Rikers prisoners strike against unsafe, unsanitary and inhumane conditions
In a desperate move in the midst of a raging COVID-19 infection, 200 prisoners at Rikers Island, New York City’s jail complex, went on a hunger strike Jan. 8. Citing dangerous and unsafe living conditions exacerbated by an unending COVID-19 quarantine, prisoners, all of whom are pretrial detainees, are refusing to eat any food provided by the Department of Corrections. (New York Times, Jan. 11)
Eyes on You, an organization of formerly incarcerated people, family members and medical workers is actively supporting the hunger strike. One of its formerly incarcerated members, William Malik Clanton, is hunger striking in solidarity with the people inside.
COVID-19 rates have recently skyrocketed at Rikers, and over 370 prisoners have tested positive. Additionally, less than one-half of the jail population has been fully vaccinated for the virus.
Rikers prisoners have given media interviews since they began the hunger strike. One prisoner, Nelson Pinero, said that his sleep is often disturbed by mice and water bugs crawling over him. Prisoners complain that they have not been allowed outside of their cells for weeks.
Jail officials admit that staffing shortages due the COVID-19 pandemic have created an unsafe environment inside the jail, which houses over 5,400 pretrial prisoners.
Charges of inhumane and unsafe conditions are nothing new for the Rikers Island jail complex. Human rights and legal organizations such as the Neighborhood Defender Service of Harlem, the New York Civil Liberties Union and Legal Services have documented life-threatening conditions for years. Family members and prison abolitionists have tirelessly engaged in campaigns to close Rikers Island.
In March 2021, legal advocates delivered a scathing statement protesting overcrowding at Rikers and documenting the inability of the jail to provide social distancing and adequate PPE for its incarcerated population. The attorneys were responding to a Board of Corrections report about three COVID-19 deaths and the continuing horrendous conditions inside the jail.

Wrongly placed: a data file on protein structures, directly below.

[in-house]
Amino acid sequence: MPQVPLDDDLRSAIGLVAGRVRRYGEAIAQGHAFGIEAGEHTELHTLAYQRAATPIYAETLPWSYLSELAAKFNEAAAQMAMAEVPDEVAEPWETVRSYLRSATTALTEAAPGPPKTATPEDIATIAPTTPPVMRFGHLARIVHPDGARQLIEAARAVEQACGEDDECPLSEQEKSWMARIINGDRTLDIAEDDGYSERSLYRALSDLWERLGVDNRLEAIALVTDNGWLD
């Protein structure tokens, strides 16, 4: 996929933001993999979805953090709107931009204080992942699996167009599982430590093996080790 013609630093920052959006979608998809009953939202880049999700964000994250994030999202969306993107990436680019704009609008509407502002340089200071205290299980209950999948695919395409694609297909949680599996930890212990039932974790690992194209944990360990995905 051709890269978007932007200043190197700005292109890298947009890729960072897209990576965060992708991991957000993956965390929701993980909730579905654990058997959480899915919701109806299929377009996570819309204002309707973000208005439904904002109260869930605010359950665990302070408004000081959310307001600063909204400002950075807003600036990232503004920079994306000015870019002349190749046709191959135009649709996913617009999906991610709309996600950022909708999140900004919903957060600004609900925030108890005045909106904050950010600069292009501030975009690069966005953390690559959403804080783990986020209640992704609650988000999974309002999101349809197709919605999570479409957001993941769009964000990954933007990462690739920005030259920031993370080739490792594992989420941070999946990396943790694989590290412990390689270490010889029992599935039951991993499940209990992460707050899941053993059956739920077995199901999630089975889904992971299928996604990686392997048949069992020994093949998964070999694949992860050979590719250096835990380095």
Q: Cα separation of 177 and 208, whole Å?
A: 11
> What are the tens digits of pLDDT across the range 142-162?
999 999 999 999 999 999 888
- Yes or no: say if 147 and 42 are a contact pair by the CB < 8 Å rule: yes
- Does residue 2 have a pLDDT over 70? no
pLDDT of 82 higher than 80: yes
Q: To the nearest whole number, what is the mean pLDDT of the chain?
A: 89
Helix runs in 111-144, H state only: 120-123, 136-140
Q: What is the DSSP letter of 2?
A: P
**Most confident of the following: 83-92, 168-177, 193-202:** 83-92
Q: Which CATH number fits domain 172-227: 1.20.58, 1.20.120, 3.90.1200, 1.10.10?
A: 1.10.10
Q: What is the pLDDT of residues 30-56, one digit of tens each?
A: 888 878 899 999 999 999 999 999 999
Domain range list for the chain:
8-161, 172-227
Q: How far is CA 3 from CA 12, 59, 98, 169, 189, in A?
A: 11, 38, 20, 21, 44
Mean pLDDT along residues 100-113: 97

Last month, a Supreme Court Judge in Manhattan ordered the release of a prisoner who had been forced to participate in a “Fight Night” at Rikers Island. Prison guards have been allowing some prisoners to set up planned fights at the prison. According to a recent report, Rikers guards just stand there and let the fights happen. The judge charged the prison system with “deliberate indifference” for failing to protect the prisoner who was held pretrial at Rikers. (New York Times, Jan. 12)
Shut it down!
Rikers Island should be shut down. It is endangering the lives of incarcerated people who have not even been sentenced to prison. In October 2021, more than 23 community organizations and advocacy groups called upon the City of New York to “decarcerate” Rikers Island. (Vera Institute for Justice, Press Release)
All over the country, prisoners, rights groups and family members are calling for mass releases of elderly and immunocompromised people due to the pandemic. Rikers Island is a concentration camp for the poor, particularly Black and Latinx people facing trial, which should have been shut down long ago.
The heroic prisoner hunger strike continues as we go to press. Eyes on You has issued a short list of demands on behalf of the striking prisoners. “Release everyone from all jails immediately. Pending release, Eyes on You demands access to any NYC jail facility of our choosing with one hour’s notice. No new admissions in 2022.”
Workers World salutes the efforts of the Rikers prisoners and their outside advocates for justice. To get involved in the campaign to support the hunger strikers, contact New York City Jericho. (www.jerichony.org)